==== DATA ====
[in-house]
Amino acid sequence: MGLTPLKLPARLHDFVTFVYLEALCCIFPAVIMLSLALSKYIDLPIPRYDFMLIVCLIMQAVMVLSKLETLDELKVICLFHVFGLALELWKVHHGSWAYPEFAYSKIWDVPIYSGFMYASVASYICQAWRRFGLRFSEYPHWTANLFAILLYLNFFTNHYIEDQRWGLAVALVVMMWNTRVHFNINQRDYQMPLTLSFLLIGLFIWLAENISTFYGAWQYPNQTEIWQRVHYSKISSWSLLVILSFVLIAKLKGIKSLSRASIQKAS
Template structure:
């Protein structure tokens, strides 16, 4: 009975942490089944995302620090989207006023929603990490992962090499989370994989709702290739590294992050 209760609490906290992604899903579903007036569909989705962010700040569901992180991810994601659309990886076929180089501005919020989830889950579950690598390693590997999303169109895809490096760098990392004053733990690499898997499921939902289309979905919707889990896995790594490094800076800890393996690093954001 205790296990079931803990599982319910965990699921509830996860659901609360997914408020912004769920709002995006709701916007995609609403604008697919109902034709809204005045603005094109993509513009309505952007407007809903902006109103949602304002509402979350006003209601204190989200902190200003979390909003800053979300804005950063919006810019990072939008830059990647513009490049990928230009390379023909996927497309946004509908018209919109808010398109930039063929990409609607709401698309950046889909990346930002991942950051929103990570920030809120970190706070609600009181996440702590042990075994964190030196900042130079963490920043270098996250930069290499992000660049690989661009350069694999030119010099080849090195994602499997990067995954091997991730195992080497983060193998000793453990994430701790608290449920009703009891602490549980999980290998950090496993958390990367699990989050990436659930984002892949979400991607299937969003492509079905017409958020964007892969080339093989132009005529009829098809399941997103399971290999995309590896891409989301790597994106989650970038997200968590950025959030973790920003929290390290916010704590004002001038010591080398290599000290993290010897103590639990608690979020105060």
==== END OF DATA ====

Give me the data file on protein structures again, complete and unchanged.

[in-house]
Amino acid sequence: MGLTPLKLPARLHDFVTFVYLEALCCIFPAVIMLSLALSKYIDLPIPRYDFMLIVCLIMQAVMVLSKLETLDELKVICLFHVFGLALELWKVHHGSWAYPEFAYSKIWDVPIYSGFMYASVASYICQAWRRFGLRFSEYPHWTANLFAILLYLNFFTNHYIEDQRWGLAVALVVMMWNTRVHFNINQRDYQMPLTLSFLLIGLFIWLAENISTFYGAWQYPNQTEIWQRVHYSKISSWSLLVILSFVLIAKLKGIKSLSRASIQKAS
Template structure:
């Protein structure tokens, strides 16, 4: 009975942490089944995302620090989207006023929603990490992962090499989370994989709702290739590294992050 209760609490906290992604899903579903007036569909989705962010700040569901992180991810994601659309990886076929180089501005919020989830889950579950690598390693590997999303169109895809490096760098990392004053733990690499898997499921939902289309979905919707889990896995790594490094800076800890393996690093954001 205790296990079931803990599982319910965990699921509830996860659901609360997914408020912004769920709002995006709701916007995609609403604008697919109902034709809204005045603005094109993509513009309505952007407007809903902006109103949602304002509402979350006003209601204190989200902190200003979390909003800053979300804005950063919006810019990072939008830059990647513009490049990928230009390379023909996927497309946004509908018209919109808010398109930039063929990409609607709401698309950046889909990346930002991942950051929103990570920030809120970190706070609600009181996440702590042990075994964190030196900042130079963490920043270098996250930069290499992000660049690989661009350069694999030119010099080849090195994602499997990067995954091997991730195992080497983060193998000793453990994430701790608290449920009703009891602490549980999980290998950090496993958390990367699990989050990436659930984002892949979400991607299937969003492509079905017409958020964007892969080339093989132009005529009829098809399941997103399971290999995309590896891409989301790597994106989650970038997200968590950025959030973790920003929290390290916010704590004002001038010591080398290599000290993290010897103590639990608690979020105060």